Later as I walk on the beach I miss the path for the guest house where we are staying. I walk and walk until I come to the end of the beach. There are Italians and Kenyans playing football together on the sand. Even a couple of Masai men dressed in their beautiful, traditional garb and adorned with lots of beautiful earings, and bracelets are playing. Such a site to see. I don't think I will ever get used to seeing the majestic look of a Massai person. At the market Quincy is being scolded by a woman selling her wares for not teaching his children to speak Kswahili; "You're a Kenyan and you don't bother to teach your children anything but English??"
Days later we are driving home, back to Nairobi. We stop for some goat foot and ugali and and continue on our way. While looking out the window watching for ostriches and babboons we notice 8 armoured trucks headed to the border. While we were running in the sand and looking at turtles Kenya had changed ever so slightly. I wondered how these experiences, simple yet unknowingly profound had changed me...only time would tell...
"When we go through profound experiences, they change us. We risk our relationships with friends and family. They may not like the direction we have taken or may feel threatened or judged by our decisions. They may wonder what happened to the person they thought they once knew." - Wangari Maathai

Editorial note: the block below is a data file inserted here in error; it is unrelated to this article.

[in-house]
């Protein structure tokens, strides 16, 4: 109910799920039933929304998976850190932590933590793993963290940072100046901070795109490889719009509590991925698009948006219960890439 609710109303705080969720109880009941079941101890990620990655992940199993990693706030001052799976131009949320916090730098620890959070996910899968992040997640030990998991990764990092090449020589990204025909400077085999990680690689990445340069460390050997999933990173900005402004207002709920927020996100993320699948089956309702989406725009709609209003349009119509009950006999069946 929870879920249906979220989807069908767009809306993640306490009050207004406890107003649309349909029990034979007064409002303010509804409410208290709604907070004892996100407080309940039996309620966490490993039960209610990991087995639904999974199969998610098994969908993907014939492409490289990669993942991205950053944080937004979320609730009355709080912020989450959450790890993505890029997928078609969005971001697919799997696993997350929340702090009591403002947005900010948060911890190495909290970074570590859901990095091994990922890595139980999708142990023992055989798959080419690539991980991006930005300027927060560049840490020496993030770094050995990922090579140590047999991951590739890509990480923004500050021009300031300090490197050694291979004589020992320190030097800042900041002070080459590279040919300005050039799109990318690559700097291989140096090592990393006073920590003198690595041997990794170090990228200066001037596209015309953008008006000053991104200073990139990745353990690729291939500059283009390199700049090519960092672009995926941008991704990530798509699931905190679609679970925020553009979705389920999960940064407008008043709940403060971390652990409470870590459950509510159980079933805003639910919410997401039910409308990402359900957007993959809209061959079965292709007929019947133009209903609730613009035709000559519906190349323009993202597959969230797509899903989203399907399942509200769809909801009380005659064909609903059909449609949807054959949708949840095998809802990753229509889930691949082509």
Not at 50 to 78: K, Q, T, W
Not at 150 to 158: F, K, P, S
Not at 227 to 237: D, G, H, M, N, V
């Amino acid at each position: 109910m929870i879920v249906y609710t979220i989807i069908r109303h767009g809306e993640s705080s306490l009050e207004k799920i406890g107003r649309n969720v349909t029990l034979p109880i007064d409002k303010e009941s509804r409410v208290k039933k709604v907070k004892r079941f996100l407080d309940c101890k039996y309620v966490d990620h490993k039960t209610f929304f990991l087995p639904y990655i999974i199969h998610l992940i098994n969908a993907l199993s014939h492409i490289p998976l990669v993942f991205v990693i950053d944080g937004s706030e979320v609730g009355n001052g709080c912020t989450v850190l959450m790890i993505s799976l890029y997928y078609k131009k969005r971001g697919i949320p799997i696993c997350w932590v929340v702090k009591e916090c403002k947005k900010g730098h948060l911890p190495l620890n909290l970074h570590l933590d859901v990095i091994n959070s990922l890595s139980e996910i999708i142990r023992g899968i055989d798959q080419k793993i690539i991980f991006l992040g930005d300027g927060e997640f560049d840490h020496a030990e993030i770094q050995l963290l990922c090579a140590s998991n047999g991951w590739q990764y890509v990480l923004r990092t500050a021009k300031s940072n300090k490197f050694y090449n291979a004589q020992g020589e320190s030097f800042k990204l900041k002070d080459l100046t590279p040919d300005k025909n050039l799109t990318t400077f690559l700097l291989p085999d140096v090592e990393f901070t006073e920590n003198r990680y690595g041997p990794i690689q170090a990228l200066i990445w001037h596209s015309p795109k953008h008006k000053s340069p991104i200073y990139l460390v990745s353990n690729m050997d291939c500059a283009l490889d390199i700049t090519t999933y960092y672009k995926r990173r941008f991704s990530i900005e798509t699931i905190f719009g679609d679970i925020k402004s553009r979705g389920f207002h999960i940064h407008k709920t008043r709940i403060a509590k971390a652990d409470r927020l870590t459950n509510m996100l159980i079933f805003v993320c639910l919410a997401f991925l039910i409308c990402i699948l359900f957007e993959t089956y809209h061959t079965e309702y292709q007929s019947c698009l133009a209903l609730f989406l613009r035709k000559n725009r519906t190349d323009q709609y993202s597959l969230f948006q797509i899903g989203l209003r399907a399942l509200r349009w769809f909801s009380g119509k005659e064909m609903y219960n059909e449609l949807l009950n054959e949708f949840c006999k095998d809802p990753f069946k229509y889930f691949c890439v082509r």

Sunday, 9 October 2011
“Kenya has the same type of bananas as Bermuda.”-5 year old
“Today I met a friend from Germany and a friend from Mombasa. I told them that in Bermuda, fishing is serious business!” – 4 year old
“Mommy today I saw some Africans!” – 4 year old
“Mommy I like this place cause people carry bags on their head. When I grow up I want to carry a bag on my head. Look I have a sock on my head now!” -4 year old
“Mommy if we’re in Africa, where are the lions?” – 4 year old
“Today we went on a field trip and the baboons stole our napkins.” – 5 year old
“My favorite part of today was playing football.” – 5 year old
“I like my bunnies. They are all my friends.” -4 year old
“Can we invite some of our friends from Bermuda over for a play date?” – 4 year old
“Mommy, how do people understand each other when they speak in Kiswahili?” – 5 year old